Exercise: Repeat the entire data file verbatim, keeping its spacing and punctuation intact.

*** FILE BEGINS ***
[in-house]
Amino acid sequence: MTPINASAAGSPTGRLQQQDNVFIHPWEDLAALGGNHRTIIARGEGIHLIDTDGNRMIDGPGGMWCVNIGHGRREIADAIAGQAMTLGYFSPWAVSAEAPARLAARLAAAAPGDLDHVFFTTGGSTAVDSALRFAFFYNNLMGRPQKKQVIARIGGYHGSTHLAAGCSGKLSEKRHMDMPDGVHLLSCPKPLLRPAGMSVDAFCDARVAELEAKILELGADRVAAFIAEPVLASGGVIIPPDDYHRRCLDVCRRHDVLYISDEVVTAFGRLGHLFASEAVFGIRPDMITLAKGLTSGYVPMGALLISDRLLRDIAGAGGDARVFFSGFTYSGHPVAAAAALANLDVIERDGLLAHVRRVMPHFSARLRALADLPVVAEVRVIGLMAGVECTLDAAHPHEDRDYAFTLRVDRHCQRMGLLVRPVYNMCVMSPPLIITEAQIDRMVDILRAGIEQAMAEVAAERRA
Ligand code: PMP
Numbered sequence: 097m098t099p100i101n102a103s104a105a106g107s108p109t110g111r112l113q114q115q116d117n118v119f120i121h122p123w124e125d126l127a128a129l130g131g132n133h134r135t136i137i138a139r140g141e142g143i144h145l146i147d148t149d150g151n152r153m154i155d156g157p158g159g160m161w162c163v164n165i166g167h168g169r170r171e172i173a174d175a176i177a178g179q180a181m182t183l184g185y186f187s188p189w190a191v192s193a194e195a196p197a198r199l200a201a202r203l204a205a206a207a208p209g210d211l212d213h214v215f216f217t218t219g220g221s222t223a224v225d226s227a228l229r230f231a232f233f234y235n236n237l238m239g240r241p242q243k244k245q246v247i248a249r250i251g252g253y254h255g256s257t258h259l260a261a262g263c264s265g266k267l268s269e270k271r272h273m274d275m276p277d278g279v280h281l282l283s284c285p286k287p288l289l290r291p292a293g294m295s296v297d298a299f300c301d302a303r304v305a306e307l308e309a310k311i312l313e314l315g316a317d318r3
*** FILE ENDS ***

[in-house]
Amino acid sequence: MTPINASAAGSPTGRLQQQDNVFIHPWEDLAALGGNHRTIIARGEGIHLIDTDGNRMIDGPGGMWCVNIGHGRREIADAIAGQAMTLGYFSPWAVSAEAPARLAARLAAAAPGDLDHVFFTTGGSTAVDSALRFAFFYNNLMGRPQKKQVIARIGGYHGSTHLAAGCSGKLSEKRHMDMPDGVHLLSCPKPLLRPAGMSVDAFCDARVAELEAKILELGADRVAAFIAEPVLASGGVIIPPDDYHRRCLDVCRRHDVLYISDEVVTAFGRLGHLFASEAVFGIRPDMITLAKGLTSGYVPMGALLISDRLLRDIAGAGGDARVFFSGFTYSGHPVAAAAALANLDVIERDGLLAHVRRVMPHFSARLRALADLPVVAEVRVIGLMAGVECTLDAAHPHEDRDYAFTLRVDRHCQRMGLLVRPVYNMCVMSPPLIITEAQIDRMVDILRAGIEQAMAEVAAERRA
Ligand code: PMP
Numbered sequence: 097m098t099p100i101n102a103s104a105a106g107s108p109t110g111r112l113q114q115q116d117n118v119f120i121h122p123w124e125d126l127a128a129l130g131g132n133h134r135t136i137i138a139r140g141e142g143i144h145l146i147d148t149d150g151n152r153m154i155d156g157p158g159g160m161w162c163v164n165i166g167h168g169r170r171e172i173a174d175a176i177a178g179q180a181m182t183l184g185y186f187s188p189w190a191v192s193a194e195a196p197a198r199l200a201a202r203l204a205a206a207a208p209g210d211l212d213h214v215f216f217t218t219g220g221s222t223a224v225d226s227a228l229r230f231a232f233f234y235n236n237l238m239g240r241p242q243k244k245q246v247i248a249r250i251g252g253y254h255g256s257t258h259l260a261a262g263c264s265g266k267l268s269e270k271r272h273m274d275m276p277d278g279v280h281l282l283s284c285p286k287p288l289l290r291p292a293g294m295s296v297d298a299f300c301d302a303r304v305a306e307l308e309a310k311i312l313e314l315g316a317d318r3